The National Archives is still uncertain whether the government has recovered all records from former President Trump’s Florida home, the House Oversight and Reform Committee revealed in a Tuesday letter asking the agency to pursue a sworn statement from Trump that he has returned all documents.
Archives staff “recently informed the committee that the agency is not certain whether all presidential records are in its custody,” said Chair Carolyn Maloney (D-N.Y.).
The letter noted that the Trump team repeatedly failed to turn over records when asked by both the Archives, often called NARA, and the Justice Department, including when served a subpoena.
“The committee is concerned that, given this pattern of conduct, Mr. Trump may continue to retain presidential records at non-secure locations, including classified material that could endanger our nation’s security and other important records documenting Mr. Trump’s activities at the White House,” Maloney wrote in a letter to acting Archivist Debra Steidel Wall.
“I urge NARA to seek from former President Trump a written certification that he has surrendered all presidential records or classified materials, has not made any copies or reproductions of such materials, and has not transferred any records or government documents to any party other than NARA or DOJ since his term ended.”
The letter also asks NARA to do an inventory of what records might possibly be unaccounted for “and potentially in the possession of the former president.”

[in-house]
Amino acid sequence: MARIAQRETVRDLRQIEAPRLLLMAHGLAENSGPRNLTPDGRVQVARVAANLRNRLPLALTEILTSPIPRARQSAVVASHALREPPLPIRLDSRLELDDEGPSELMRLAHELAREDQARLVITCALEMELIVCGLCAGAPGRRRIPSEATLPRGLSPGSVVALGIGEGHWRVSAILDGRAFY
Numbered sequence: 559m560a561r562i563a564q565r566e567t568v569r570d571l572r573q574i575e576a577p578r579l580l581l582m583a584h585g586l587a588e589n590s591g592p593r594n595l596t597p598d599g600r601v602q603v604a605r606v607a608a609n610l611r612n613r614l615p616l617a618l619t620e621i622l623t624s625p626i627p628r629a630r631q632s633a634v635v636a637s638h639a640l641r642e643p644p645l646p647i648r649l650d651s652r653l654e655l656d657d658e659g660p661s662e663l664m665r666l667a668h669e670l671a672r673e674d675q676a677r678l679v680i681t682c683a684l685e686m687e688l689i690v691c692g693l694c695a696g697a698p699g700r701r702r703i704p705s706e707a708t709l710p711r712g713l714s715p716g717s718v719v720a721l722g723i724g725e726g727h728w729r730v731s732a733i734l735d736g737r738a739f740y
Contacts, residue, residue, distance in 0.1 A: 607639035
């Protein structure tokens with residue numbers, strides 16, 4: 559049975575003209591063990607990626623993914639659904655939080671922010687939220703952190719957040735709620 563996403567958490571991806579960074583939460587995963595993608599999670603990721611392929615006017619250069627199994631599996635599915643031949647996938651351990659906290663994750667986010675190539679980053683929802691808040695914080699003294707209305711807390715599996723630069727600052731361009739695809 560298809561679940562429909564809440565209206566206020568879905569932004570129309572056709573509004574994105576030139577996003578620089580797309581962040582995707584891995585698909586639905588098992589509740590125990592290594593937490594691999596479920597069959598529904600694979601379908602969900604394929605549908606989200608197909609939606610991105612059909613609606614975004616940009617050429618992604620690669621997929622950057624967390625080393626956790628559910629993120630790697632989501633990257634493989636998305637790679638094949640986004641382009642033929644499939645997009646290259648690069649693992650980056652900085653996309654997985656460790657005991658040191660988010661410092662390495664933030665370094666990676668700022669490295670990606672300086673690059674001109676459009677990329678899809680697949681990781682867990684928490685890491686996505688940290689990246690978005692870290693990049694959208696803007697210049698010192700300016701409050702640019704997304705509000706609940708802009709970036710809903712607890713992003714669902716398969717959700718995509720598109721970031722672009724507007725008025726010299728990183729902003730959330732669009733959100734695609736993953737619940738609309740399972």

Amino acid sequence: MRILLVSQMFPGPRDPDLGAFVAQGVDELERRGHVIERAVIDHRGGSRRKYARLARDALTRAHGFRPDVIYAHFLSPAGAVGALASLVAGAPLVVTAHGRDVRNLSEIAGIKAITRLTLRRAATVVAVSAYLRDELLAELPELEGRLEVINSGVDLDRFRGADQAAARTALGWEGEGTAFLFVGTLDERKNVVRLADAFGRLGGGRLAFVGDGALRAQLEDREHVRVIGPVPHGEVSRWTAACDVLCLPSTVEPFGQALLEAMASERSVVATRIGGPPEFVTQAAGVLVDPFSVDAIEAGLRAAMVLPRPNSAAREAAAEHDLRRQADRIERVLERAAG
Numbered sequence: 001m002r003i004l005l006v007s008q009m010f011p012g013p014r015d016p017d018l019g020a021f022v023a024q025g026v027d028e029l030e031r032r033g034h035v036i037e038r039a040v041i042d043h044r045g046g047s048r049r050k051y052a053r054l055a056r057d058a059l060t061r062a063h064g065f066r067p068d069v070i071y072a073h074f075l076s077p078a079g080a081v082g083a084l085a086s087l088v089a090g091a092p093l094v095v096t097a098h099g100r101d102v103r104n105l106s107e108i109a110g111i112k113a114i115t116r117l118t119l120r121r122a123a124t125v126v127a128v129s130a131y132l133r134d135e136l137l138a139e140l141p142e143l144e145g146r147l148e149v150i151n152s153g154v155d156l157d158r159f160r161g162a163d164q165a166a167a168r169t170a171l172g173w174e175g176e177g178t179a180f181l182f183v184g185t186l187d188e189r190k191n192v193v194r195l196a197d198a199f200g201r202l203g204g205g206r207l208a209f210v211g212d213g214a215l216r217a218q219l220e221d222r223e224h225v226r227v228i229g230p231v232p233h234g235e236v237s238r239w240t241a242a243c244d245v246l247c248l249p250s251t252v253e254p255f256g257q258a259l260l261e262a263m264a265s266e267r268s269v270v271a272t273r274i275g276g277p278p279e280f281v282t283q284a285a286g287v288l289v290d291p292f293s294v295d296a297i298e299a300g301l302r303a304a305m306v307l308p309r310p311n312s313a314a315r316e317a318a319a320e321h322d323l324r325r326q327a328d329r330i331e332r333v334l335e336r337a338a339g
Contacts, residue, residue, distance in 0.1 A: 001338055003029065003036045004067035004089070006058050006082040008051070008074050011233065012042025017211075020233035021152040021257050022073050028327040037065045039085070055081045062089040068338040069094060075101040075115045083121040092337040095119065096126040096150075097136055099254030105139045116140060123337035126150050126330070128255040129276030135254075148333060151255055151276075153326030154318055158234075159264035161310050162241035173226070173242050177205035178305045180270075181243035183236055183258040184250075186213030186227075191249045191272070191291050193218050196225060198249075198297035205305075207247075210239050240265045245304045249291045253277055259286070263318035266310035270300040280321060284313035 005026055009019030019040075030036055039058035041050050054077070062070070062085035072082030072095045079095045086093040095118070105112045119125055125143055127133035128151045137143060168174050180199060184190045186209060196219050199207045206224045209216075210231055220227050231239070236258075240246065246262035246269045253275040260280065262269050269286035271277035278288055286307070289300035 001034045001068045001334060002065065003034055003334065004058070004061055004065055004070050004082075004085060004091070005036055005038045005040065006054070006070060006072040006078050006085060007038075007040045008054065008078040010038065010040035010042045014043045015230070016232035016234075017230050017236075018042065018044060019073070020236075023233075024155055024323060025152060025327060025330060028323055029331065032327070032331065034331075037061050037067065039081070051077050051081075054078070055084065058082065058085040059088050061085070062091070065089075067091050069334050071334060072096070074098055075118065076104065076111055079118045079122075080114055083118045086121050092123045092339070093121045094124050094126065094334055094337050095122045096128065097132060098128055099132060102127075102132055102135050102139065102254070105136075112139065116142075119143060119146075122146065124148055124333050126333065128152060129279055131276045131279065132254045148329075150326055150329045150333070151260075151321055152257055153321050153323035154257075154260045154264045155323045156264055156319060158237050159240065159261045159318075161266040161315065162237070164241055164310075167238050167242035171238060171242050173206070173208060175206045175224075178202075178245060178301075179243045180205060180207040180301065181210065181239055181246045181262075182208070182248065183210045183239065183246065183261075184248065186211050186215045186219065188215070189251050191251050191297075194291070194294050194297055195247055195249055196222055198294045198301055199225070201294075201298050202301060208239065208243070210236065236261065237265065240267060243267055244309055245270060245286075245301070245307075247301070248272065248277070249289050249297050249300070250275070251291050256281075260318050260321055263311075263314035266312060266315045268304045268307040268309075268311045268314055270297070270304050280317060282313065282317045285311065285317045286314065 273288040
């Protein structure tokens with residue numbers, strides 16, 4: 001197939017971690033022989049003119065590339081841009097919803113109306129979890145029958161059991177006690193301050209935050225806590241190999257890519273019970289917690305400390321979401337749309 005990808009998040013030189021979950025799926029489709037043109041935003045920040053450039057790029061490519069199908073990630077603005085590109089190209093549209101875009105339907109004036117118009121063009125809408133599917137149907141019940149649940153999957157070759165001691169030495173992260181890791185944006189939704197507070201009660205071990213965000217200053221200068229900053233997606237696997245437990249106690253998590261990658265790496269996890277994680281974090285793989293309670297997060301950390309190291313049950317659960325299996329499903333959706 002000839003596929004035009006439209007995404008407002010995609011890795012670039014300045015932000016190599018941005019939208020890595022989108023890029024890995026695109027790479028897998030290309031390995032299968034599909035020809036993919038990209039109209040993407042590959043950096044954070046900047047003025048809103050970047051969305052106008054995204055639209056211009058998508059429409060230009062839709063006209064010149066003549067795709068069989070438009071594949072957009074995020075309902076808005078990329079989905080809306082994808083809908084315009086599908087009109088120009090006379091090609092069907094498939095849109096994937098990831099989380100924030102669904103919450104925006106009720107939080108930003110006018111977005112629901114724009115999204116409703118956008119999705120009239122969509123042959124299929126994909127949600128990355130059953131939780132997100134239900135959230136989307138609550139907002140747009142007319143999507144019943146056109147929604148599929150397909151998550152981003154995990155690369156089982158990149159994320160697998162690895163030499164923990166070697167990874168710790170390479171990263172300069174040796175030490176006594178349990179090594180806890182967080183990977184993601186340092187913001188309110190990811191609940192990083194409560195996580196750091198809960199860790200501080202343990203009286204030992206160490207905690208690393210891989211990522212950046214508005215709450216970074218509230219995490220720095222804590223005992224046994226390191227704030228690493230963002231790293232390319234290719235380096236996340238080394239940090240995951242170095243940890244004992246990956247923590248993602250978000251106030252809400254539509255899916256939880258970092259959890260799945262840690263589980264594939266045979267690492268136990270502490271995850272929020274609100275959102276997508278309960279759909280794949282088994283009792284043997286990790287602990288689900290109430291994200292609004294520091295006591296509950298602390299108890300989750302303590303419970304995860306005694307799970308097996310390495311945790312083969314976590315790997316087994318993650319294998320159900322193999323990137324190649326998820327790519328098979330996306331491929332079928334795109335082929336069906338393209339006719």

Trump’s legal counsel already provided a sworn statement to the Justice Department in May indicating that all classified materials at Mar-a-Lago were returned, only for the FBI to find an additional more than 100 classified records when it searched the property in August, bringing the total of classified documents to more than 300. They also recovered around 10,000 government documents in their Aug. 8 search.
Maloney noted that while Trump would not be required under current law to provide such a certification, she cited the “exceptional circumstances” and suggested the committee could pursue legislation requiring such an action in the future.
NARA declined to comment on the letter.
The letter requested that NARA provide an initial report on its inventory by Sept. 27.
NARA’s concern that it may not have recovered all the documents from Mar-a-Lago was aired in an Aug. 24 meeting with the committee.
The letter noted that Trump’s former national security adviser, John Bolton, said he “wouldn’t be surprised if there were more highly classified documents at Bedminster or some other residence of his.”
Maloney pointed to two occasions during which Trump was asked to turn over records but still retained a large tranche: when NARA first reached out to him about recovering documents in May, 2021 and a year later when his custodian of records was served a subpoena to turn over any remaining documents.
–Updated at 12:04 p.m.